It is well recognized now that the commercial aerospace sector is a growing market, setting up a very optimistic future for numerous companies around the world. As discussed in previous blogs, airlines are expecting the number of passengers to grow 4.1% annually \, reaching a total of 7.3 billion potential customers by 2034. As a result, Aircraft OEM order books are filling-up for current models available on the market, and requests for new planes equipped with more efficient and more demanding technology to better serve future customers’ needs are on the rise as well. You’ve probably recently read about multiple aircraft projects, such as NASA working on a quiet supersonic passenger jet for faster long-range flight, or Russia’s UAC closely working with China’s COMAC on a wide-body-short-range aircraft , to respond to an increasing demand for short domestic flights. In other words, competition is increasing along with market growth, forcing aircraft manufacturers to become more innovative, on the look for emerging markets, while improving production capabilities to keep up with demand.

Supply Chain is directly impacted by such challenges. Indeed, both Airbus and Boeing, the current market leaders, are already rethinking their supply chain management. Both companies have been significantly consolidating their supply base with highly qualified suppliers, outsourcing the development of complex systems previously handled internally, and refocusing their activity to assembling planes in their assembly line. Before talking about specific examples relating to this trend, let’s take a look how the aerospace supply chain is organized:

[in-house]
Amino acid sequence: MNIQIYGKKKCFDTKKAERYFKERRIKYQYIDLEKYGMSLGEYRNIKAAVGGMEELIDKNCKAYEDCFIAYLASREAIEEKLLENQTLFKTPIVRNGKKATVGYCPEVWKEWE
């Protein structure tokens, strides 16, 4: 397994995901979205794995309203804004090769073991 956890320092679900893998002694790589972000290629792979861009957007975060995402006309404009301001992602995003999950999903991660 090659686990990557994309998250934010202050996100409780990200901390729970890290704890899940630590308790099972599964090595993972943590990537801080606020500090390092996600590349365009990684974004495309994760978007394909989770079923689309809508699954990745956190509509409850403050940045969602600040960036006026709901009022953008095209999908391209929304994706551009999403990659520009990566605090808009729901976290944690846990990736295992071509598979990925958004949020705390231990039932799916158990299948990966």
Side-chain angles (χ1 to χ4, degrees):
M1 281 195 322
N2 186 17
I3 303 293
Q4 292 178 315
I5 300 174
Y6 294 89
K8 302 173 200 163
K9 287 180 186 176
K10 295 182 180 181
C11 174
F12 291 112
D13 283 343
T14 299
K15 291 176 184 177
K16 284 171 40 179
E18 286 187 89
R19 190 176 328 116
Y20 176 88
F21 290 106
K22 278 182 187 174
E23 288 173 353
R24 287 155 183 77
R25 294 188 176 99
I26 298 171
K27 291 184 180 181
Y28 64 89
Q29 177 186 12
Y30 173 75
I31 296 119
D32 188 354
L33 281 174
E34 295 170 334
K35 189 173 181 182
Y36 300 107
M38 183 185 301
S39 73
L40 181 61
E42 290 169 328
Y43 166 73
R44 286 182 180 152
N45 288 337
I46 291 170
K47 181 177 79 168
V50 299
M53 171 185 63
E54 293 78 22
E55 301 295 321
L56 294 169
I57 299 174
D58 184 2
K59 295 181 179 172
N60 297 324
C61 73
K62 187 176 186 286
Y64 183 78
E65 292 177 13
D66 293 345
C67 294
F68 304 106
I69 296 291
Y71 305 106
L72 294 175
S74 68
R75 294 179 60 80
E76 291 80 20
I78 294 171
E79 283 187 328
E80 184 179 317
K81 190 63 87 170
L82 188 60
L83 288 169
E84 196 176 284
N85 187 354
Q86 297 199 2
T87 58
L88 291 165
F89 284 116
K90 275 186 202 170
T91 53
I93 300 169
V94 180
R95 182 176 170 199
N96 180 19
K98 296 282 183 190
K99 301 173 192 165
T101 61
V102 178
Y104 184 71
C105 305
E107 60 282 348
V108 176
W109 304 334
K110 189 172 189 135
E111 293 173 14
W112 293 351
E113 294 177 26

·        On top of the pyramid, obviously, is the engine manufacturers (such as Rolls Royce, Snecma, etc.) and aircraft manufacturers (Boeing, Airbus, Embraer, Bombardier, etc.). These are the one usually showing off their most recent products capabilities at airshows, for both the interested public and potential buyers.
·        Tier 1 suppliers are system integrator companies specialized in developing navigation system (such as Thales, B/E Aerospace, etc.) or manufacturing engine modules and aircraft aerostructure (Kawasaki for the wings, Latecoere for the passenger doors, etc.)
·        Tier 2 suppliers are manufacturers providing Tier 1 suppliers with various type of sub-assembly. Tier 2 suppliers use Tier 3 suppliers to source all necessary sub-components needed for their products.

So, the question here is how each supplier category is impacted by the aircraft and engine manufacturers new supply chain strategy? Now is time to take a look at some numbers. In 2007, Airbus was using 200 tier 1 suppliers for the production of its famous double-deck, wide-body A380. In 2012, this number was reduced to 90 Tier one suppliers for its A350 model, representing less than half of the suppliers used in 2007. This doesn’t mean less systems or parts are needed to build a plane. This means Tier 1 suppliers are being requested to develop more capabilities to produce more complex and complete modules and systems.

Tier 1 suppliers have no other choice but to expand outside of their current core competencies, and become quickly recognized as a cost efficient, reliable supplier in multiple domains untouched until now. Tier 2 and Tier 3 suppliers are then impacted from the snow ball effect, as Tier 1 suppliers want to optimize their new supply chain model as well. As a result, Tier suppliers have to rethink their supply chain strategy in order to survive in this growing competitive market.
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Matt Chabanon

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